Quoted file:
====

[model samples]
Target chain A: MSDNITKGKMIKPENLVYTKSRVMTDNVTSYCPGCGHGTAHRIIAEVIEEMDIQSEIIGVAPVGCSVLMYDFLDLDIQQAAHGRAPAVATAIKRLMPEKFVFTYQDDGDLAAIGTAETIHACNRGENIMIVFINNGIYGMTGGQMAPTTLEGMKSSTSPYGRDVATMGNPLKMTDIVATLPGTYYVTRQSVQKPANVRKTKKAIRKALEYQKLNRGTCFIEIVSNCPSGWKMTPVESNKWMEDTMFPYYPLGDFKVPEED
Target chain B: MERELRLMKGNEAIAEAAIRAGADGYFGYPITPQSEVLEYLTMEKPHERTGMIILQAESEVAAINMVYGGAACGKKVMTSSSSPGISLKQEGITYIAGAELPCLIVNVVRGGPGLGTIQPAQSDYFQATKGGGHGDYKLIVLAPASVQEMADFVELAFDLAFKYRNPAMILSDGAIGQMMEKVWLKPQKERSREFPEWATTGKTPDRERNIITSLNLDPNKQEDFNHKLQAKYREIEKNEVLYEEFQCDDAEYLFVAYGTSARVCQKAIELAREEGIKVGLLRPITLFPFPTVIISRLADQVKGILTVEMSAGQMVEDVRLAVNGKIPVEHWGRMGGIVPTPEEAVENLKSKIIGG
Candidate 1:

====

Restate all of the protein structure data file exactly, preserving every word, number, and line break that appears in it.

[model samples]
Target chain A: MSDNITKGKMIKPENLVYTKSRVMTDNVTSYCPGCGHGTAHRIIAEVIEEMDIQSEIIGVAPVGCSVLMYDFLDLDIQQAAHGRAPAVATAIKRLMPEKFVFTYQDDGDLAAIGTAETIHACNRGENIMIVFINNGIYGMTGGQMAPTTLEGMKSSTSPYGRDVATMGNPLKMTDIVATLPGTYYVTRQSVQKPANVRKTKKAIRKALEYQKLNRGTCFIEIVSNCPSGWKMTPVESNKWMEDTMFPYYPLGDFKVPEED
Target chain B: MERELRLMKGNEAIAEAAIRAGADGYFGYPITPQSEVLEYLTMEKPHERTGMIILQAESEVAAINMVYGGAACGKKVMTSSSSPGISLKQEGITYIAGAELPCLIVNVVRGGPGLGTIQPAQSDYFQATKGGGHGDYKLIVLAPASVQEMADFVELAFDLAFKYRNPAMILSDGAIGQMMEKVWLKPQKERSREFPEWATTGKTPDRERNIITSLNLDPNKQEDFNHKLQAKYREIEKNEVLYEEFQCDDAEYLFVAYGTSARVCQKAIELAREEGIKVGLLRPITLFPFPTVIISRLADQVKGILTVEMSAGQMVEDVRLAVNGKIPVEHWGRMGGIVPTPEEAVENLKSKIIGG
Candidate 1: